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EXCLUSIVE: Booking changes its view | Justifies the Virtual Card issue | Letter to hoteliers

BUSINESS HOTELS ORGANIZATIONS chickened out after the furore caused by the issue of the virtual card commission rate, which it informed Greek hoteliers at the beginning of last month that it will be added to the existing taxes they pay on the online platform.

With the issue creating a backlash, Booking is now changing its view in a new letter, dated June 7, which it sent to hoteliers, informing them that the adverse changes against hoteliers are postponed to a later date, so as not to create disruption during this year’s high tourist season.

The text of the letter is as follows:

“…Please know that we have taken your comments very seriously. We have listened to the feedback from you and our colleagues and understand that this change can be inconvenient during the busy summer period. To minimize disruption, we have decided to delay the implementation of this policy change until later in the year. We will announce this development to our partners on 10 June.

This postponement means that there will be no changes on 10 June. Our partners will continue to accept bookings as usual, avoiding disruption during the peak period. They can also continue to offer prepayment to their guests without changing their current policies. In addition, partners can sign up for payments through if they choose to do so.

While our decision to postpone this policy change is intended to give our partners more time to prepare and to ensure it does not affect the busiest months, our commitment to promoting a safe and reliable experience for both partners and travellers remains steadfast. A primary objective of this change is to minimise payment security risks, which remains a top priority for us. In the section below, we will discuss why we believe this change in payment policy is a critical element of our mission to ensure our platform offers a secure environment.

Changes to prepayment policy in the context of security

From the beginning of 2023, the hospitality industry has seen a significant increase in financial fraud attacks targeting travellers. One method that has significantly impacted and its partners is the use of phishing links on online travel agency platforms. These attacks are aimed at taking over partners’ accounts and deceiving travellers with fraudulent payment links to steal their financial information.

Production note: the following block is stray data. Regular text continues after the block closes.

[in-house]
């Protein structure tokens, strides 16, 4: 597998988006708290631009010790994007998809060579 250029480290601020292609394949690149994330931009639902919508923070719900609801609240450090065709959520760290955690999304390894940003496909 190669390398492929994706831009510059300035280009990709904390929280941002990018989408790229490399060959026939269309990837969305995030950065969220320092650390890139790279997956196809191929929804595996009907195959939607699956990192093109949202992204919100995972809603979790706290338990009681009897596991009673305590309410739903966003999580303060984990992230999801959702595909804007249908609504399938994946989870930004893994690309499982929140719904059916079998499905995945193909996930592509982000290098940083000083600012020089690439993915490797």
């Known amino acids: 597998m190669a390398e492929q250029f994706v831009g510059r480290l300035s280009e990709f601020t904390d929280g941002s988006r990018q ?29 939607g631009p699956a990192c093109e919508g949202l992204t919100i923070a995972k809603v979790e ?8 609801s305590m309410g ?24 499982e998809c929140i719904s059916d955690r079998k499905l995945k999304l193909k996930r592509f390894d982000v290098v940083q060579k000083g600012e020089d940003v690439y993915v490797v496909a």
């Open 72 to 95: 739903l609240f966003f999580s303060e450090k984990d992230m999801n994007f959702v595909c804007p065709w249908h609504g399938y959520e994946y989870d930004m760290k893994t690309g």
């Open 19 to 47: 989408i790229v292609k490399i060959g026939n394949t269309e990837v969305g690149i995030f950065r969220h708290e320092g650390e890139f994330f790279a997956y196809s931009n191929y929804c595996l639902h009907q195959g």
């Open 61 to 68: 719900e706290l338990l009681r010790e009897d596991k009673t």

While has significantly increased its investment in ensuring secure and trustworthy communications across our platform, including numerous initiatives aimed at educating our partners on secure practices and the use of improved security settings, it is not possible to completely eliminate the possibility of these attacks. Partner accounts will always be susceptible to breaches despite the numerous controls in place.

A primary risk arises when visitors make reservations based on prepaid policies offered by partners using the “agency model” (i.e., partners who prefer to accept payment directly and send payment links to visitors through our platform). Attackers have taken advantage of this need by creating seemingly legitimate requests that easily deceive travelers. These attacks have resulted not only in financial loss to our shared travelers, but also in damage to the reputation of and our partners.

While we understand that partners using the ‘agency model’ prefer the option of pre-arrival payment to optimise the check-in process, we also recognise the potential negative impact on travellers’ experiences if they fall victim to cybercriminals. Ensuring a seamless and secure payment process is paramount to maintaining trust between travellers, partners and To address this, we aim to pilot a process that improves the traveller experience and enhances the credibility of our platform.

Our approach to addressing this issue

Our strategy to mitigate this risk includes two options currently available to our partners:

  1. Partners who prefer to charge guests directly can continue to do so, with non-prepaid policies.
  2. Partners who prefer to receive payments in advance can use Payments by Booking (PbB) to collect prepayments, cancellations and no-show collections.

By implementing this change, we are reducing the need for partners to send payment links to our platform, promoting a more secure and reliable experience for travellers. Enhancing traveler trust and security ultimately protects our partners’ businesses and strengthens our partnership with them.